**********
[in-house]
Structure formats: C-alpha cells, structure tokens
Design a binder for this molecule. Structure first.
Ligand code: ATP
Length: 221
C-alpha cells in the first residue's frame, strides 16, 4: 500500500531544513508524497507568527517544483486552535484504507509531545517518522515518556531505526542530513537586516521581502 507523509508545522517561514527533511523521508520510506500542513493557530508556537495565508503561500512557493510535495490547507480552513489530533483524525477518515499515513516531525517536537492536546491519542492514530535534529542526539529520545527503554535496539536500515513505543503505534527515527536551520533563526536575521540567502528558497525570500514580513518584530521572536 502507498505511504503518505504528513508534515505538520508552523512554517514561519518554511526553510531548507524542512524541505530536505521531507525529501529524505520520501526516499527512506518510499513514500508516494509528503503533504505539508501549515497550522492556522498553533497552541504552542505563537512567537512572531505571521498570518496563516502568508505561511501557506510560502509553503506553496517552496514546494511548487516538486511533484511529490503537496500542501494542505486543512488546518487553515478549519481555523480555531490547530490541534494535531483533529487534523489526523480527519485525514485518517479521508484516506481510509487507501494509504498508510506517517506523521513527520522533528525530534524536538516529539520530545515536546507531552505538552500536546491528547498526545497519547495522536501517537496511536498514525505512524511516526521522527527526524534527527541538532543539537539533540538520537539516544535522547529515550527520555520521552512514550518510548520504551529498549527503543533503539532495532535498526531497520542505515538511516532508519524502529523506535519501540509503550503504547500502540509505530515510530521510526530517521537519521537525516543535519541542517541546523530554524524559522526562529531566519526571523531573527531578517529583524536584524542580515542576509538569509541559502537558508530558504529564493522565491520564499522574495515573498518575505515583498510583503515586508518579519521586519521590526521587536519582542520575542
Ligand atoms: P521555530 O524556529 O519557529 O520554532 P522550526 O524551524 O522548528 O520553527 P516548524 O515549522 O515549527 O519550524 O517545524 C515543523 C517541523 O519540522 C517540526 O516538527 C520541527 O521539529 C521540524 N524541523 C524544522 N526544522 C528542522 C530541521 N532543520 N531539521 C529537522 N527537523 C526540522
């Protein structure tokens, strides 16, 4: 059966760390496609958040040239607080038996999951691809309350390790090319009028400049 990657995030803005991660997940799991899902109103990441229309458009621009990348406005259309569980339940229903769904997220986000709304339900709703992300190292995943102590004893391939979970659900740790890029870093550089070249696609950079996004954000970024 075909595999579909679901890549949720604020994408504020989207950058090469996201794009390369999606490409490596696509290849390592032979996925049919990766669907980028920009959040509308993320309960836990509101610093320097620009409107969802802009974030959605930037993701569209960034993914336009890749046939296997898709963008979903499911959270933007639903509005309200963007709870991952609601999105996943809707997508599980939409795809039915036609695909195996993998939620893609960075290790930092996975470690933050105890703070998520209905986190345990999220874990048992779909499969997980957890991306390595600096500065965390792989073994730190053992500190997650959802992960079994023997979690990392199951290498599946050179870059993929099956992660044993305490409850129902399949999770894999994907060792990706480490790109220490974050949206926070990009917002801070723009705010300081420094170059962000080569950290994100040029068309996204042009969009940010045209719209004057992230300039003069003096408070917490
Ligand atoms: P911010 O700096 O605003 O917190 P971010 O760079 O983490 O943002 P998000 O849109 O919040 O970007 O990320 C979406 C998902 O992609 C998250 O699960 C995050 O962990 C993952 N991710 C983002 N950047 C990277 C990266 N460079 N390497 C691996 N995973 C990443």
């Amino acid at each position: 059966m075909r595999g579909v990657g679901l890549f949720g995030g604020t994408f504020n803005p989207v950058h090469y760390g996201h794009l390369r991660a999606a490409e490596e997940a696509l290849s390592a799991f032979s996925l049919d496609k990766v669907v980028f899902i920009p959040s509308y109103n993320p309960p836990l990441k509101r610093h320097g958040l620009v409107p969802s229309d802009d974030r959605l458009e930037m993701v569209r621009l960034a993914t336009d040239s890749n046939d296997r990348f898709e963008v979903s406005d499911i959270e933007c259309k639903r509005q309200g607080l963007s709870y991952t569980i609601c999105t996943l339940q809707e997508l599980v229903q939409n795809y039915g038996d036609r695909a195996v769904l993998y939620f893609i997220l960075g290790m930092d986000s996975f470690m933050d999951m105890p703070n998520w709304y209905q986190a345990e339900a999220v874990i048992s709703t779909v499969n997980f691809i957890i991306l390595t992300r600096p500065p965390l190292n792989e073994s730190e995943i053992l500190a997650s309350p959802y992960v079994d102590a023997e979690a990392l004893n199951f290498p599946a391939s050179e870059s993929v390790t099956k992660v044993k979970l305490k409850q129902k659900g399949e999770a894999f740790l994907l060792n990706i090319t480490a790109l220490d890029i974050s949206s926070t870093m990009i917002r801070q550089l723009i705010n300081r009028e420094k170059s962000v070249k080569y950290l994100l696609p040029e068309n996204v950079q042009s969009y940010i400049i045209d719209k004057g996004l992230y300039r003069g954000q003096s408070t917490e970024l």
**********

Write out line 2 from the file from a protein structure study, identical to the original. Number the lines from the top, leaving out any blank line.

Structure formats: C-alpha cells, structure tokens